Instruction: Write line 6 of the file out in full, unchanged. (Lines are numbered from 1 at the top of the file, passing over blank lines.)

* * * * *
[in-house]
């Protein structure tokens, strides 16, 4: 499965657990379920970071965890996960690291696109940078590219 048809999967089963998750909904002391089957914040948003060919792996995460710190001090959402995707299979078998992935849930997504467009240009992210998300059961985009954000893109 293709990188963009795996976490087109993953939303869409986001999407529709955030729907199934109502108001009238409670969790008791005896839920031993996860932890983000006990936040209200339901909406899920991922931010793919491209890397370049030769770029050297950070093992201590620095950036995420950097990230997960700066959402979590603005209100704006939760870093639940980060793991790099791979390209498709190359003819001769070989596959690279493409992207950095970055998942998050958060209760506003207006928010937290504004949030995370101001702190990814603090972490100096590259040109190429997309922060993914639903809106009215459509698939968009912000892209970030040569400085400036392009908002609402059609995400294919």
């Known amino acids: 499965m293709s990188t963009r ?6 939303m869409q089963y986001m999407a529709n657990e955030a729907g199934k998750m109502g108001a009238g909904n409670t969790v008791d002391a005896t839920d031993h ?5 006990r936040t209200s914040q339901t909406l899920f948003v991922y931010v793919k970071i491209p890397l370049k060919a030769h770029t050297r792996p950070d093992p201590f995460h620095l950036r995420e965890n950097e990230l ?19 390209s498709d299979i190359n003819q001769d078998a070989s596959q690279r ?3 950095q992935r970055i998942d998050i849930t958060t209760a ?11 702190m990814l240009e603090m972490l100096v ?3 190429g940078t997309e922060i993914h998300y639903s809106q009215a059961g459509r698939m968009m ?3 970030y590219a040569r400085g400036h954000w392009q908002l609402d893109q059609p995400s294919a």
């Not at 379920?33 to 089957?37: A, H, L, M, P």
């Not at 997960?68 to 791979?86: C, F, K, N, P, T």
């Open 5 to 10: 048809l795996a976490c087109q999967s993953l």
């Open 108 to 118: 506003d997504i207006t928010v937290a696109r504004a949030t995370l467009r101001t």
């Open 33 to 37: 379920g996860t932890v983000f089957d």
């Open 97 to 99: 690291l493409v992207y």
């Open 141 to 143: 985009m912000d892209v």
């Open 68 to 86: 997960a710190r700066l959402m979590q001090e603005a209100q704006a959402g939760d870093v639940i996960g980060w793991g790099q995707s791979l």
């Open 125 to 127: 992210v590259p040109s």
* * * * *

């Open 5 to 10: 048809l795996a976490c087109q999967s993953l």